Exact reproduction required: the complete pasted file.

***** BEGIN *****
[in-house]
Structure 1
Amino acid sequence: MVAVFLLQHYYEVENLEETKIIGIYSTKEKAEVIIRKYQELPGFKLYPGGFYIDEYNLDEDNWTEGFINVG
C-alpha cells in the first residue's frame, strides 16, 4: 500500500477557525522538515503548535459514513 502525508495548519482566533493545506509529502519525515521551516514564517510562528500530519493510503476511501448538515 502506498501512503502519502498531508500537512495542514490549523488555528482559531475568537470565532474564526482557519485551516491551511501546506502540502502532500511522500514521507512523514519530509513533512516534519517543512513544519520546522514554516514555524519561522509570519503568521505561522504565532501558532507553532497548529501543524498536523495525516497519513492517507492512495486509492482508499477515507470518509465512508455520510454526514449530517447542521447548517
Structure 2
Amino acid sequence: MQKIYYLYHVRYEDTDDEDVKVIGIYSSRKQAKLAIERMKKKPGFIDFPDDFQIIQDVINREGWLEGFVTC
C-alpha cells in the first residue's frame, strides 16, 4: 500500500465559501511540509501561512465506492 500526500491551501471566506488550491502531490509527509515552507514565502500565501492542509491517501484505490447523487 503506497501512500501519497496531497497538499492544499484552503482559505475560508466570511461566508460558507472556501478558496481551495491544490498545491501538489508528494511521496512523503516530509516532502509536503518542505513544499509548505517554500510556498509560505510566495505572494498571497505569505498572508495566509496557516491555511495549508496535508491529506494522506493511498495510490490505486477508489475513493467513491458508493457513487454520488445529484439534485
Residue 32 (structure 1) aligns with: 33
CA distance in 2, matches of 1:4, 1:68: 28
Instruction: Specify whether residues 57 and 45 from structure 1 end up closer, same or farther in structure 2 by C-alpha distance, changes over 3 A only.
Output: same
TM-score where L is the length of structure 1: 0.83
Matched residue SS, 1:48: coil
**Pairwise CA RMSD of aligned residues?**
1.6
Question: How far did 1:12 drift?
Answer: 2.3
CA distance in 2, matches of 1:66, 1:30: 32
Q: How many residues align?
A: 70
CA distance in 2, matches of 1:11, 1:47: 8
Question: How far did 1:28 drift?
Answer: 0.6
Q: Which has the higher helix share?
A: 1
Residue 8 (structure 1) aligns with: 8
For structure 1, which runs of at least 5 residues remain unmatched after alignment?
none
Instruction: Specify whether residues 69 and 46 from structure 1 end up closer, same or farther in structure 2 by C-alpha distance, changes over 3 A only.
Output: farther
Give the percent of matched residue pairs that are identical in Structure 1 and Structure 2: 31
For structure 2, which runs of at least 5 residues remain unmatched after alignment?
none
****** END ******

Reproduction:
[in-house]
Structure 1
Amino acid sequence: MVAVFLLQHYYEVENLEETKIIGIYSTKEKAEVIIRKYQELPGFKLYPGGFYIDEYNLDEDNWTEGFINVG
C-alpha cells in the first residue's frame, strides 16, 4: 500500500477557525522538515503548535459514513 502525508495548519482566533493545506509529502519525515521551516514564517510562528500530519493510503476511501448538515 502506498501512503502519502498531508500537512495542514490549523488555528482559531475568537470565532474564526482557519485551516491551511501546506502540502502532500511522500514521507512523514519530509513533512516534519517543512513544519520546522514554516514555524519561522509570519503568521505561522504565532501558532507553532497548529501543524498536523495525516497519513492517507492512495486509492482508499477515507470518509465512508455520510454526514449530517447542521447548517
Structure 2
Amino acid sequence: MQKIYYLYHVRYEDTDDEDVKVIGIYSSRKQAKLAIERMKKKPGFIDFPDDFQIIQDVINREGWLEGFVTC
C-alpha cells in the first residue's frame, strides 16, 4: 500500500465559501511540509501561512465506492 500526500491551501471566506488550491502531490509527509515552507514565502500565501492542509491517501484505490447523487 503506497501512500501519497496531497497538499492544499484552503482559505475560508466570511461566508460558507472556501478558496481551495491544490498545491501538489508528494511521496512523503516530509516532502509536503518542505513544499509548505517554500510556498509560505510566495505572494498571497505569505498572508495566509496557516491555511495549508496535508491529506494522506493511498495510490490505486477508489475513493467513491458508493457513487454520488445529484439534485
Residue 32 (structure 1) aligns with: 33
CA distance in 2, matches of 1:4, 1:68: 28
Instruction: Specify whether residues 57 and 45 from structure 1 end up closer, same or farther in structure 2 by C-alpha distance, changes over 3 A only.
Output: same
TM-score where L is the length of structure 1: 0.83
Matched residue SS, 1:48: coil
**Pairwise CA RMSD of aligned residues?**
1.6
Question: How far did 1:12 drift?
Answer: 2.3
CA distance in 2, matches of 1:66, 1:30: 32
Q: How many residues align?
A: 70
CA distance in 2, matches of 1:11, 1:47: 8
Question: How far did 1:28 drift?
Answer: 0.6
Q: Which has the higher helix share?
A: 1
Residue 8 (structure 1) aligns with: 8
For structure 1, which runs of at least 5 residues remain unmatched after alignment?
none
Instruction: Specify whether residues 69 and 46 from structure 1 end up closer, same or farther in structure 2 by C-alpha distance, changes over 3 A only.
Output: farther
Give the percent of matched residue pairs that are identical in Structure 1 and Structure 2: 31
For structure 2, which runs of at least 5 residues remain unmatched after alignment?
none